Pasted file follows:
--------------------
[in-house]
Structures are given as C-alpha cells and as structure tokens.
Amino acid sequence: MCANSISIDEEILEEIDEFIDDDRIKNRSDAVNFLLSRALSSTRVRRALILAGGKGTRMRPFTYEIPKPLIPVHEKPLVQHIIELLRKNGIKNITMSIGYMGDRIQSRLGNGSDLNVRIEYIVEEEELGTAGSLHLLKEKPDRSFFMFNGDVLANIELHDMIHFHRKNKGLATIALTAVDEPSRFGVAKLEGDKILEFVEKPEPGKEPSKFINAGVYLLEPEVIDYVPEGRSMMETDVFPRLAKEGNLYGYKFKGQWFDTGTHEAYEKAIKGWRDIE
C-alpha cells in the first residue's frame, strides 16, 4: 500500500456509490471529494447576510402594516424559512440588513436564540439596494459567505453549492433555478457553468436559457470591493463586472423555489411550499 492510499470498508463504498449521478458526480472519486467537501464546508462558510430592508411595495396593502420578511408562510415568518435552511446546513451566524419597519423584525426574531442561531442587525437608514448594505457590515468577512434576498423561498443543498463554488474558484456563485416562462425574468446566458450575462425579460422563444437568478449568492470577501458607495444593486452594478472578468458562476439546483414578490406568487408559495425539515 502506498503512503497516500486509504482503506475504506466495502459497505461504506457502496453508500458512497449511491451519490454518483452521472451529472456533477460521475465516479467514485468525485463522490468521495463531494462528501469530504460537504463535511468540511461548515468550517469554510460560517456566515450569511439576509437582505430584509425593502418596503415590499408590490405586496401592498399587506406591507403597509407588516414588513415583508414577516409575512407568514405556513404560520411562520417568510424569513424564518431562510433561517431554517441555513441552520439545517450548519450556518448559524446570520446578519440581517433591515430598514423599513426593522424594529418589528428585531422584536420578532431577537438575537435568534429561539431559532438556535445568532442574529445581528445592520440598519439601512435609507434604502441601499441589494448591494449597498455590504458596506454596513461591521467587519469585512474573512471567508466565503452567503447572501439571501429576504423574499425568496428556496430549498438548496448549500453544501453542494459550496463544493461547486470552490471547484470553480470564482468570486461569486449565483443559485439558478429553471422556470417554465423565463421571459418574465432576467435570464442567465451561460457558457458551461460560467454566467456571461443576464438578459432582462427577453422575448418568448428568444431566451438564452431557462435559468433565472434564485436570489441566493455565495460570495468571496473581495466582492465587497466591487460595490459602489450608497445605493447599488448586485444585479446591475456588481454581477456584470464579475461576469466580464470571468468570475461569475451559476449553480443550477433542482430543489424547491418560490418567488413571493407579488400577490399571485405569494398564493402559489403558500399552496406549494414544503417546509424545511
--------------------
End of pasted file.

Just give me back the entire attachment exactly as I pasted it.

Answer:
[in-house]
Structures are given as C-alpha cells and as structure tokens.
Amino acid sequence: MCANSISIDEEILEEIDEFIDDDRIKNRSDAVNFLLSRALSSTRVRRALILAGGKGTRMRPFTYEIPKPLIPVHEKPLVQHIIELLRKNGIKNITMSIGYMGDRIQSRLGNGSDLNVRIEYIVEEEELGTAGSLHLLKEKPDRSFFMFNGDVLANIELHDMIHFHRKNKGLATIALTAVDEPSRFGVAKLEGDKILEFVEKPEPGKEPSKFINAGVYLLEPEVIDYVPEGRSMMETDVFPRLAKEGNLYGYKFKGQWFDTGTHEAYEKAIKGWRDIE
C-alpha cells in the first residue's frame, strides 16, 4: 500500500456509490471529494447576510402594516424559512440588513436564540439596494459567505453549492433555478457553468436559457470591493463586472423555489411550499 492510499470498508463504498449521478458526480472519486467537501464546508462558510430592508411595495396593502420578511408562510415568518435552511446546513451566524419597519423584525426574531442561531442587525437608514448594505457590515468577512434576498423561498443543498463554488474558484456563485416562462425574468446566458450575462425579460422563444437568478449568492470577501458607495444593486452594478472578468458562476439546483414578490406568487408559495425539515 502506498503512503497516500486509504482503506475504506466495502459497505461504506457502496453508500458512497449511491451519490454518483452521472451529472456533477460521475465516479467514485468525485463522490468521495463531494462528501469530504460537504463535511468540511461548515468550517469554510460560517456566515450569511439576509437582505430584509425593502418596503415590499408590490405586496401592498399587506406591507403597509407588516414588513415583508414577516409575512407568514405556513404560520411562520417568510424569513424564518431562510433561517431554517441555513441552520439545517450548519450556518448559524446570520446578519440581517433591515430598514423599513426593522424594529418589528428585531422584536420578532431577537438575537435568534429561539431559532438556535445568532442574529445581528445592520440598519439601512435609507434604502441601499441589494448591494449597498455590504458596506454596513461591521467587519469585512474573512471567508466565503452567503447572501439571501429576504423574499425568496428556496430549498438548496448549500453544501453542494459550496463544493461547486470552490471547484470553480470564482468570486461569486449565483443559485439558478429553471422556470417554465423565463421571459418574465432576467435570464442567465451561460457558457458551461460560467454566467456571461443576464438578459432582462427577453422575448418568448428568444431566451438564452431557462435559468433565472434564485436570489441566493455565495460570495468571496473581495466582492465587497466591487460595490459602489450608497445605493447599488448586485444585479446591475456588481454581477456584470464579475461576469466580464470571468468570475461569475451559476449553480443550477433542482430543489424547491418560490418567488413571493407579488400577490399571485405569494398564493402559489403558500399552496406549494414544503417546509424545511